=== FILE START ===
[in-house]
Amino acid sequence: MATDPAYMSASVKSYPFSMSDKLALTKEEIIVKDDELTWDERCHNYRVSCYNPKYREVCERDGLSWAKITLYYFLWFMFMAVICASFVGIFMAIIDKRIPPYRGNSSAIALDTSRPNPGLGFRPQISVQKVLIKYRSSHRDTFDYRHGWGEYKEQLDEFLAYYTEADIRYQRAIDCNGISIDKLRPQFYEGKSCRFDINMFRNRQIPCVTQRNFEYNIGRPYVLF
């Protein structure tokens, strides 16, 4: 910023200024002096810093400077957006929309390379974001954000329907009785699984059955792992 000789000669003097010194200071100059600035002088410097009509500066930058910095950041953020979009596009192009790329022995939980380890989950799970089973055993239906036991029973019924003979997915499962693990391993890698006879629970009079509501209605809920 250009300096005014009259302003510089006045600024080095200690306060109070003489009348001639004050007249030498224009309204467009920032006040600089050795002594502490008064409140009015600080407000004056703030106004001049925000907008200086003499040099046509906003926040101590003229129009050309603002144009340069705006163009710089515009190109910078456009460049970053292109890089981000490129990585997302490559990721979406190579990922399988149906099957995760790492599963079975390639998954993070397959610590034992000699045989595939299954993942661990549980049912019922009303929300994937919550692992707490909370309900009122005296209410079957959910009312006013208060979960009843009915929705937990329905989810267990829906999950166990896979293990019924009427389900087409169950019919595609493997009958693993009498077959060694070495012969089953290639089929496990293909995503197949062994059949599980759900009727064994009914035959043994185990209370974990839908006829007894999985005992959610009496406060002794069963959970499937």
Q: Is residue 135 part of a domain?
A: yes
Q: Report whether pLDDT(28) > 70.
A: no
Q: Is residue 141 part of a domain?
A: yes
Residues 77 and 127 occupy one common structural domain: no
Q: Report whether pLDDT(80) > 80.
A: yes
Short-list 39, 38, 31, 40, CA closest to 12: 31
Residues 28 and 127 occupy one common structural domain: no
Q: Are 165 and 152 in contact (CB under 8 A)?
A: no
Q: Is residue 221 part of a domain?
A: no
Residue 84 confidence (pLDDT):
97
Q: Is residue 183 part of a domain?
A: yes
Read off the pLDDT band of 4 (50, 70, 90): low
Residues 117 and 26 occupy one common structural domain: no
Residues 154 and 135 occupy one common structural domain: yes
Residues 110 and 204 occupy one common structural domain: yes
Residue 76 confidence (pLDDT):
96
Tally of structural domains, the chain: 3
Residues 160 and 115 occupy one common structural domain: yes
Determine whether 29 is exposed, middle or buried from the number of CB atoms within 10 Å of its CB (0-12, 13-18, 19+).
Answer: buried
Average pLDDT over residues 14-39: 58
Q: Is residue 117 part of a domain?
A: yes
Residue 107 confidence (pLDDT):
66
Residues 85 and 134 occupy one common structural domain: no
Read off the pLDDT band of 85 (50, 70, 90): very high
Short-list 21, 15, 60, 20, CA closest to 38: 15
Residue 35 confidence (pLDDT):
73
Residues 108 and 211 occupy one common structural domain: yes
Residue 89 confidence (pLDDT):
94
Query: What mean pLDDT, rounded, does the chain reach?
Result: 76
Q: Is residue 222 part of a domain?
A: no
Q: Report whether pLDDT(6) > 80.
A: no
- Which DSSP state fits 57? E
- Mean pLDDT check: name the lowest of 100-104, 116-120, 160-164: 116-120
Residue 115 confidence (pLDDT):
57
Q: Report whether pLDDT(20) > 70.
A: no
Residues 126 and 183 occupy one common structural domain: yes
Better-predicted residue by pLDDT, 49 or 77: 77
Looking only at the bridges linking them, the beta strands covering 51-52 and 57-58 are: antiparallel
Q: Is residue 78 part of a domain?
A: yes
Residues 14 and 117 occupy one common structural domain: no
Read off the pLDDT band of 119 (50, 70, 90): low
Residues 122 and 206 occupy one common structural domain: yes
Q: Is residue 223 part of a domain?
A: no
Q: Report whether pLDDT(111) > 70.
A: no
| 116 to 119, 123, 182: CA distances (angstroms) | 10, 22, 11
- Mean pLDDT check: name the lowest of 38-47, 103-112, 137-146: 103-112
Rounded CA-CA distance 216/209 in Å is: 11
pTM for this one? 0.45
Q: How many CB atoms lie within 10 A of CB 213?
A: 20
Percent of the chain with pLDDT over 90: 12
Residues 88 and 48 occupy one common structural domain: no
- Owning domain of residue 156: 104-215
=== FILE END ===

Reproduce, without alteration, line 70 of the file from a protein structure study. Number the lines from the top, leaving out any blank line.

| 116 to 119, 123, 182: CA distances (angstroms) | 10, 22, 11